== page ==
On this #ForestFriday I wanted to talk about an issue facing New York State and Northeast forests.
The Northeastern United States was once and is again one of the most densely forested areas in North America. But it hasn’t always been this way. When Europeans began to colonize the Northeastern states, they deforested much of the land for farming. Culturally, “taming wilderness” in this way was seen as the pinnacle of success in the New World. (For a great history on early views of America’s relationship with wild land, Wilderness and the American Mind is a must read.) For over two centuries land was continuously cleared to farm and trees were logged in droves. Once major agricultural operations began moving to the Midwest where conditions were more ideal, farming started to decline in the Northeast. Trees began to take back the land and would become the forests we know today. Now, these second growth Northeastern forests are reaching maturity, or have reached the end of their lifespan already. They are on the brink of third growth regeneration.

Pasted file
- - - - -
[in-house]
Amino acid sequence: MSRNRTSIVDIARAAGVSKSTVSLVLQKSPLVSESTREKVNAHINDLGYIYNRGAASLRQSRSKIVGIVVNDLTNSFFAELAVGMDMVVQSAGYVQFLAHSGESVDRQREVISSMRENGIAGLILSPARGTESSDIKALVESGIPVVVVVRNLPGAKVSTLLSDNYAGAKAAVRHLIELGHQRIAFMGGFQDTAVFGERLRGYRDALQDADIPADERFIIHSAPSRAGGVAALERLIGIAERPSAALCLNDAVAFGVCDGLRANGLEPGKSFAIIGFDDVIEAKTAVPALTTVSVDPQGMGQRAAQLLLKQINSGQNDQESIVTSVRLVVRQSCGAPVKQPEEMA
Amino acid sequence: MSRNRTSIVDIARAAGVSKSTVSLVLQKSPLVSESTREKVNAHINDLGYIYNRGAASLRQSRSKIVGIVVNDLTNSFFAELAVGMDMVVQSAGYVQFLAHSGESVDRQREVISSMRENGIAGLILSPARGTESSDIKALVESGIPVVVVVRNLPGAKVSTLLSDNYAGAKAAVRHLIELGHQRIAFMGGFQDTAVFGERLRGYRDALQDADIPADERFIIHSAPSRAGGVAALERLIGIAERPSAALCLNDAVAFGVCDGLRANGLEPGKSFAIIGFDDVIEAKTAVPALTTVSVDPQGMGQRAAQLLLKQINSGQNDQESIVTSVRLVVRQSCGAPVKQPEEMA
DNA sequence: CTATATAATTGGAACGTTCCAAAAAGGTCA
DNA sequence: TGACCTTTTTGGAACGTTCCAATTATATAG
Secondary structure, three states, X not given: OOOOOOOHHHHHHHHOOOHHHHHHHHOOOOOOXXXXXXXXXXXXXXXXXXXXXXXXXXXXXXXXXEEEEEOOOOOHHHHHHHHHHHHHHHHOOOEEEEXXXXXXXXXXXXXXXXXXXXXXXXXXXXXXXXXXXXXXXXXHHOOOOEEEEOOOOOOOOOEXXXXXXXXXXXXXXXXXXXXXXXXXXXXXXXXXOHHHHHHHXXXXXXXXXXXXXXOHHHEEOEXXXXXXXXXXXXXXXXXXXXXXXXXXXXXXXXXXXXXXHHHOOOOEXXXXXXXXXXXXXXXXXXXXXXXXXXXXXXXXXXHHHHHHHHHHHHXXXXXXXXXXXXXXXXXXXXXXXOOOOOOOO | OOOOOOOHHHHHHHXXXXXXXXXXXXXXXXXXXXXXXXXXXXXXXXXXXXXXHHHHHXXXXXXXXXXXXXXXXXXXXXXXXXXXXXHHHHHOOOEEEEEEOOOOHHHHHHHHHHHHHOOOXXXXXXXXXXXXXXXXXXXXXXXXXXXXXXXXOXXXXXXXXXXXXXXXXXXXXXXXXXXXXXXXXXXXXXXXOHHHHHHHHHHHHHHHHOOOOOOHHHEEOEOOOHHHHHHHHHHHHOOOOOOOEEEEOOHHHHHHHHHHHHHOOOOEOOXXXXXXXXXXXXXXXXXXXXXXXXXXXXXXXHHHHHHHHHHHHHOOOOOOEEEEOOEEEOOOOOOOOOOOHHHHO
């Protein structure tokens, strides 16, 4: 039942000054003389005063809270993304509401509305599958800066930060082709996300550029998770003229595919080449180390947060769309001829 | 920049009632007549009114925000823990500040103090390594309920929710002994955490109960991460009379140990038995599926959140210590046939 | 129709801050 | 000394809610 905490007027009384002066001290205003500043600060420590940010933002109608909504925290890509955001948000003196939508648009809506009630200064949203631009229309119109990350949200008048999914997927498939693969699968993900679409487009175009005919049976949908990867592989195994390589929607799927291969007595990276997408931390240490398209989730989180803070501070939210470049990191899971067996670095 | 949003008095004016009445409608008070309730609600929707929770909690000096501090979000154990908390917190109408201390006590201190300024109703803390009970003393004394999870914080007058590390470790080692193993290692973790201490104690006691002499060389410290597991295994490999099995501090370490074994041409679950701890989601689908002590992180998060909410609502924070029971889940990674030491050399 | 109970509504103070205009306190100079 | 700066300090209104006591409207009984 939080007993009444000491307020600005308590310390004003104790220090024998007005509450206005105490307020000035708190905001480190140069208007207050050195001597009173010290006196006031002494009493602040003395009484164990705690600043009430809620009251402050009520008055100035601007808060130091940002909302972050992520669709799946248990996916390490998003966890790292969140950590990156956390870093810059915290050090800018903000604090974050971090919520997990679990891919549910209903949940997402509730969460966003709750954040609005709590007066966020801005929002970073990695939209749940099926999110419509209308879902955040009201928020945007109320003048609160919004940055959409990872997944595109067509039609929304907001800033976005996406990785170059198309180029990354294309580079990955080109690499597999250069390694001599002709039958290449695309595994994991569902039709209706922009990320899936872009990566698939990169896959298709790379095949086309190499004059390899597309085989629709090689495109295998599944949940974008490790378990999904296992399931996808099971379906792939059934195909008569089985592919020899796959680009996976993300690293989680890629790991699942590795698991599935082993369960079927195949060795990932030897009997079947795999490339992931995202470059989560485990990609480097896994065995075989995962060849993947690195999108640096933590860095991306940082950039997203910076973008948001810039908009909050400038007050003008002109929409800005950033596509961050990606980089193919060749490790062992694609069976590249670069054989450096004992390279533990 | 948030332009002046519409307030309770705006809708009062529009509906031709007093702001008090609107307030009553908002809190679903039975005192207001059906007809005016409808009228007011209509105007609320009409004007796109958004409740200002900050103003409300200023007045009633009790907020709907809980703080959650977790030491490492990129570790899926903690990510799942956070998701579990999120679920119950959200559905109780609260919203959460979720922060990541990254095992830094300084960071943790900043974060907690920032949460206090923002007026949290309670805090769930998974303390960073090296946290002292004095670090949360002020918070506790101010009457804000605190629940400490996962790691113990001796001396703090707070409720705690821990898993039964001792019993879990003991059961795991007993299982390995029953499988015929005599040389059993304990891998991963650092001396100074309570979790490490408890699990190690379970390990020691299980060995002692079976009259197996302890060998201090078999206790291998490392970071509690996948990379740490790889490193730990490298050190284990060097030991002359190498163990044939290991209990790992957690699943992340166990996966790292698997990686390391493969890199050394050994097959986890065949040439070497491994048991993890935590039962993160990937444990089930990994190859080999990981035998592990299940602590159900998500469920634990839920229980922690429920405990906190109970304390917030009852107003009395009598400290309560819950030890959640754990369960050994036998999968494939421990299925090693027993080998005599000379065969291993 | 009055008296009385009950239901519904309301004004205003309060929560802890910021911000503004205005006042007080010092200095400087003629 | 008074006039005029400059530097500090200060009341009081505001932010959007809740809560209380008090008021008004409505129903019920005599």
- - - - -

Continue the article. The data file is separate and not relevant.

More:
But the environment has changed dramatically over the last few centuries and the natural understory that would normally allow a forest to regenerate itself is in jeopardy. Between exploding deer populations, invasive species, etc, the healthy regeneration of forests is at risk.
What’s most interesting – 80% of New York’s woodland areas are privately owned, meaning the future of our forest cover rests on the shoulders of these landowners. We’re going to have to depend on them to take the necessary steps to manage forest restoration or Northeastern landscapes could be significantly altered.
Much more to come on this, but for now read this op-ed by New York Forest Owners Association.
Watch Peter Smallidge’s Cornell Cooperative Extension ForestConnect presentation on Challenges to Forest Regeneration.